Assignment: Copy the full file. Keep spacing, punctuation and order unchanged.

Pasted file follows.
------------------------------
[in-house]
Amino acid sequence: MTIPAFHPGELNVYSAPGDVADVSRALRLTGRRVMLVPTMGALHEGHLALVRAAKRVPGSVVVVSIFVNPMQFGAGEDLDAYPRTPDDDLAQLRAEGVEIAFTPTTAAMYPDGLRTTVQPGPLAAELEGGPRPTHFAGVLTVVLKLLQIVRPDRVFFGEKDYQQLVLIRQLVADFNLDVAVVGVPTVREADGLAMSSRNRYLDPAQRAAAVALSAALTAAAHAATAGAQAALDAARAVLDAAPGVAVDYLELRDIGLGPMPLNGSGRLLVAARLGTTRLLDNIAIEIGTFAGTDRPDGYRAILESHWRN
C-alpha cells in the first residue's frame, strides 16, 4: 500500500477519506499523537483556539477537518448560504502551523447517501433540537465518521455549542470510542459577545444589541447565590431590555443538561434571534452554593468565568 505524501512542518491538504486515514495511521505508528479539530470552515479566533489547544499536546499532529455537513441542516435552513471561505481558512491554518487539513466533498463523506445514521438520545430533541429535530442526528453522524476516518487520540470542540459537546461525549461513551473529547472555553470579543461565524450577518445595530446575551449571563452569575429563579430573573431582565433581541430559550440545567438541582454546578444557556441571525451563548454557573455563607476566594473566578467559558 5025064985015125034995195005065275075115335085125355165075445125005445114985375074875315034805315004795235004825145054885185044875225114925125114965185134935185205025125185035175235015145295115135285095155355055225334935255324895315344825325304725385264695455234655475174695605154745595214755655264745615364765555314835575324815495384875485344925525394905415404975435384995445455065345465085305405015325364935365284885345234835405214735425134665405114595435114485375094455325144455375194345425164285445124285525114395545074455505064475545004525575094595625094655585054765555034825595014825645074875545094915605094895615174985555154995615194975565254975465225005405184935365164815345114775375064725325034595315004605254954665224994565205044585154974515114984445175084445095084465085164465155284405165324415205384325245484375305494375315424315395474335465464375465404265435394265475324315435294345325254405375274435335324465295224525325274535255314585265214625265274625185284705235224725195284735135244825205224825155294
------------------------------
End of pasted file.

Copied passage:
[in-house]
Amino acid sequence: MTIPAFHPGELNVYSAPGDVADVSRALRLTGRRVMLVPTMGALHEGHLALVRAAKRVPGSVVVVSIFVNPMQFGAGEDLDAYPRTPDDDLAQLRAEGVEIAFTPTTAAMYPDGLRTTVQPGPLAAELEGGPRPTHFAGVLTVVLKLLQIVRPDRVFFGEKDYQQLVLIRQLVADFNLDVAVVGVPTVREADGLAMSSRNRYLDPAQRAAAVALSAALTAAAHAATAGAQAALDAARAVLDAAPGVAVDYLELRDIGLGPMPLNGSGRLLVAARLGTTRLLDNIAIEIGTFAGTDRPDGYRAILESHWRN
C-alpha cells in the first residue's frame, strides 16, 4: 500500500477519506499523537483556539477537518448560504502551523447517501433540537465518521455549542470510542459577545444589541447565590431590555443538561434571534452554593468565568 505524501512542518491538504486515514495511521505508528479539530470552515479566533489547544499536546499532529455537513441542516435552513471561505481558512491554518487539513466533498463523506445514521438520545430533541429535530442526528453522524476516518487520540470542540459537546461525549461513551473529547472555553470579543461565524450577518445595530446575551449571563452569575429563579430573573431582565433581541430559550440545567438541582454546578444557556441571525451563548454557573455563607476566594473566578467559558 5025064985015125034995195005065275075115335085125355165075445125005445114985375074875315034805315004795235004825145054885185044875225114925125114965185134935185205025125185035175235015145295115135285095155355055225334935255324895315344825325304725385264695455234655475174695605154745595214755655264745615364765555314835575324815495384875485344925525394905415404975435384995445455065345465085305405015325364935365284885345234835405214735425134665405114595435114485375094455325144455375194345425164285445124285525114395545074455505064475545004525575094595625094655585054765555034825595014825645074875545094915605094895615174985555154995615194975565254975465225005405184935365164815345114775375064725325034595315004605254954665224994565205044585154974515114984445175084445095084465085164465155284405165324415205384325245484375305494375315424315395474335465464375465404265435394265475324315435294345325254405375274435335324465295224525325274535255314585265214625265274625185284705235224725195284735135244825205224825155294